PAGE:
Expert in biomedical microfluidics joins EPFL

© 2020 EPFL

© 2020 EPFL

Christoph Merten recently joined EPFL’s School of Engineering (STI) as a professor in the Institute of Bioengineering.

Merten, who’s originally from Germany, started work at EPFL in January 2020 as the head of the Laboratory of Biomedical Microfluidics. Although he trained as a biochemist, he has never stuck to just one area of research and always sought to broaden his horizons: “In my career, I moved from biochemistry to engineering, but the common denominator has always been biomedical science,” says Merten. His team is now using microfluidics – a field that involves manipulating very small volumes of fluids – to find new drugs and therapies. Merten’s lab has teamed up with Lausanne University Hospital (CHUV), and also runs a second lab at the AGORA research center, to gain access to patient samples and draw on the expertise of cancer specialists.

A multi-faceted career

After obtaining a PhD from the Paul Ehrlich Institute, Merten went on to do a post-doc at Cambridge University. After that, he moved to the Institute de Science et d’Ingenierie Supramoleculaire (ISIS) is Strasbourg, where he finally became a junior group leader. In 2010, he became group leader at the European Molecular Biology Laboratory in Heidelberg, Germany. In 2017, he decided to branch out and co-founded Velabs Therapeutics, a startup that uses microfluidics to identify and develop new antibodies.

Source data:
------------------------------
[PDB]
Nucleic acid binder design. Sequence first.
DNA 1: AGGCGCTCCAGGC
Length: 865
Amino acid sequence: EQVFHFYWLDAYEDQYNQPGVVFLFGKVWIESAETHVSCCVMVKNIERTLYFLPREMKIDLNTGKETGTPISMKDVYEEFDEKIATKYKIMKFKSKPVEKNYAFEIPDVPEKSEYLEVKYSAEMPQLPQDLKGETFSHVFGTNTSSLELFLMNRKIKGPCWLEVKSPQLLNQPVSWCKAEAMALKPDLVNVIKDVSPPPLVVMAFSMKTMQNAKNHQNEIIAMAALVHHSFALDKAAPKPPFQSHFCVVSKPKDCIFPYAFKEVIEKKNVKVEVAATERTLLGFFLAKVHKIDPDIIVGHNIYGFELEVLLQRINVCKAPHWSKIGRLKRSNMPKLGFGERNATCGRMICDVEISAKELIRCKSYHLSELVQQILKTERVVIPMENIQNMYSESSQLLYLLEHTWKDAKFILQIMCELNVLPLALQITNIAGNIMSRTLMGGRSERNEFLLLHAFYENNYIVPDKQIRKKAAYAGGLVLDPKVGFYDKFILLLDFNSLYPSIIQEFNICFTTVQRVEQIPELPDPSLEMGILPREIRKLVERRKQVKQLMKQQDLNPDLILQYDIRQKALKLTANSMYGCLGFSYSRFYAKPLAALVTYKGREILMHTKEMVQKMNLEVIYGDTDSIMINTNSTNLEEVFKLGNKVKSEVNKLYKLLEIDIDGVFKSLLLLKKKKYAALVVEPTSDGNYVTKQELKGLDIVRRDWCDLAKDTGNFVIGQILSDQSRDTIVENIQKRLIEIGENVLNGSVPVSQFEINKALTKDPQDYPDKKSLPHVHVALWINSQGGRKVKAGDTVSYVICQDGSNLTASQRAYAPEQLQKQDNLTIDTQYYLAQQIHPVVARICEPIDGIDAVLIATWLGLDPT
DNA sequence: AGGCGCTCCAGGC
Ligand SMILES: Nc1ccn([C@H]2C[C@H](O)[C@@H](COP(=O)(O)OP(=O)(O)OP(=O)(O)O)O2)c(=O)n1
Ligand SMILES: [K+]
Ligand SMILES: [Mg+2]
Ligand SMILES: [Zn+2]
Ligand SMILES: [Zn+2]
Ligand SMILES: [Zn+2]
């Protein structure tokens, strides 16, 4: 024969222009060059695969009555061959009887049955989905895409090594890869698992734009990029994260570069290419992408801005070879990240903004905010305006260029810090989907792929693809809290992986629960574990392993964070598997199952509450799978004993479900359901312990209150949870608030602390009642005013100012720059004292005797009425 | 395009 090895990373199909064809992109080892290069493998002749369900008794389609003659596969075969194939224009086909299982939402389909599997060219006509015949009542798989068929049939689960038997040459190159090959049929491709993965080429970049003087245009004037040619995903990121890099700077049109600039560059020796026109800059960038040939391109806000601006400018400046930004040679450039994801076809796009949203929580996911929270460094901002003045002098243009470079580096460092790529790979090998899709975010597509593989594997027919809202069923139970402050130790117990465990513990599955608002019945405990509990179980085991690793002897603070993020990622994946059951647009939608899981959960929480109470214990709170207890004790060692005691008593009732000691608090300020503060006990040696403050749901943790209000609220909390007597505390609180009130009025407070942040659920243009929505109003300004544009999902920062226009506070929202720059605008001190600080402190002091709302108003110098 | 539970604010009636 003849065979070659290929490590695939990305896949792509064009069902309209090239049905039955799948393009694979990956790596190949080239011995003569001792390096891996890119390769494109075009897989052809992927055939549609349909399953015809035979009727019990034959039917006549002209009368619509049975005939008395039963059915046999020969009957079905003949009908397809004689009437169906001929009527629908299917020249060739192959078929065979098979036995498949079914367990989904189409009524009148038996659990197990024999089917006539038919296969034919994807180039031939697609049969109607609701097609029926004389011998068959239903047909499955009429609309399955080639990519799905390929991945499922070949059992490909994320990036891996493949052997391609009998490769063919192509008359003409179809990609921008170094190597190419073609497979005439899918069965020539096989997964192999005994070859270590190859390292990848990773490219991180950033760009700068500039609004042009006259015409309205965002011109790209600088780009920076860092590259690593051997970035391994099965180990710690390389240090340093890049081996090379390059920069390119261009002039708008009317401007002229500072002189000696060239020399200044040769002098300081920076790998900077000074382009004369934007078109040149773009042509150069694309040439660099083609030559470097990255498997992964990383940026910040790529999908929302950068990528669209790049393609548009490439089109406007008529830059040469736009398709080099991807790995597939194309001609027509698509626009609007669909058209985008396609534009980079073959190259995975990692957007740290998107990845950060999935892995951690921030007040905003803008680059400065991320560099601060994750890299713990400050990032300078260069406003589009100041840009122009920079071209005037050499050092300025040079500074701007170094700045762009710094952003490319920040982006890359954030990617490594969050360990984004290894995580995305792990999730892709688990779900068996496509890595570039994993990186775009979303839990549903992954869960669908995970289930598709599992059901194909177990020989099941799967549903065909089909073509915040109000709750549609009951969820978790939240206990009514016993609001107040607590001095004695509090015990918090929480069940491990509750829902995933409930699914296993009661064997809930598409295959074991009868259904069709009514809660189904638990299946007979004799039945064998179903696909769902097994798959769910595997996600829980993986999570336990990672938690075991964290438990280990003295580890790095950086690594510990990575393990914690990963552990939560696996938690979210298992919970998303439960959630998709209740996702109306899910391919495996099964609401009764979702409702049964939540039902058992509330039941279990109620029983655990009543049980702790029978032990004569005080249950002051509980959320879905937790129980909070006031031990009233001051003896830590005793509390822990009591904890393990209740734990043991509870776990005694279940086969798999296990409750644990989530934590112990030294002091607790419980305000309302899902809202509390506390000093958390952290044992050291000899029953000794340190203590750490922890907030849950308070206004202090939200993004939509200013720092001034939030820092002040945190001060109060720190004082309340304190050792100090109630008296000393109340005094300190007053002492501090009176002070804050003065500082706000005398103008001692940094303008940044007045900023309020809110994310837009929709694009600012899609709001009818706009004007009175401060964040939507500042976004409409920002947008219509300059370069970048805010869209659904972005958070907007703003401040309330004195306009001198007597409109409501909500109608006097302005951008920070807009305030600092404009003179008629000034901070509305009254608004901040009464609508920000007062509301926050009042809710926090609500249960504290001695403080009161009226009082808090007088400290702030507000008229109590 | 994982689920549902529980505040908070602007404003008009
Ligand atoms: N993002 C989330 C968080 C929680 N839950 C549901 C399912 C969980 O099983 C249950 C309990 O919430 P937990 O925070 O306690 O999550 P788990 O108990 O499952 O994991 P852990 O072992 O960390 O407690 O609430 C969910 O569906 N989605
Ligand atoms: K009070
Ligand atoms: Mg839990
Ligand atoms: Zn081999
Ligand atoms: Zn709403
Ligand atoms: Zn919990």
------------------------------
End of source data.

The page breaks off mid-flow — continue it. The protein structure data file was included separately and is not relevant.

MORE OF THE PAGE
Merten, whose hobbies include outdoor- and motorsports, is about to set up a second company on personalized cancer therapy. “Just before moving to Switzerland, I was awarded a large grant to create a startup that will test drugs directly on tumor cells,” he says “and the EPFL environment seems perfect to do so”.

Teaching business

In addition to his research, Merten has other projects that he’d like to pursue. He plans to set up a cross-disciplinary course for life sciences and engineering students: “I want to show them how to design instruments that can measure the properties of cells and antibodies,” he explains. He’d also like to give talks on how to set up a business. “I never got that kind of training. I learned on the job and soon realized that bringing research and business together can be really enriching. I would very much like to see EPFL students setting up their own companies after their studies.”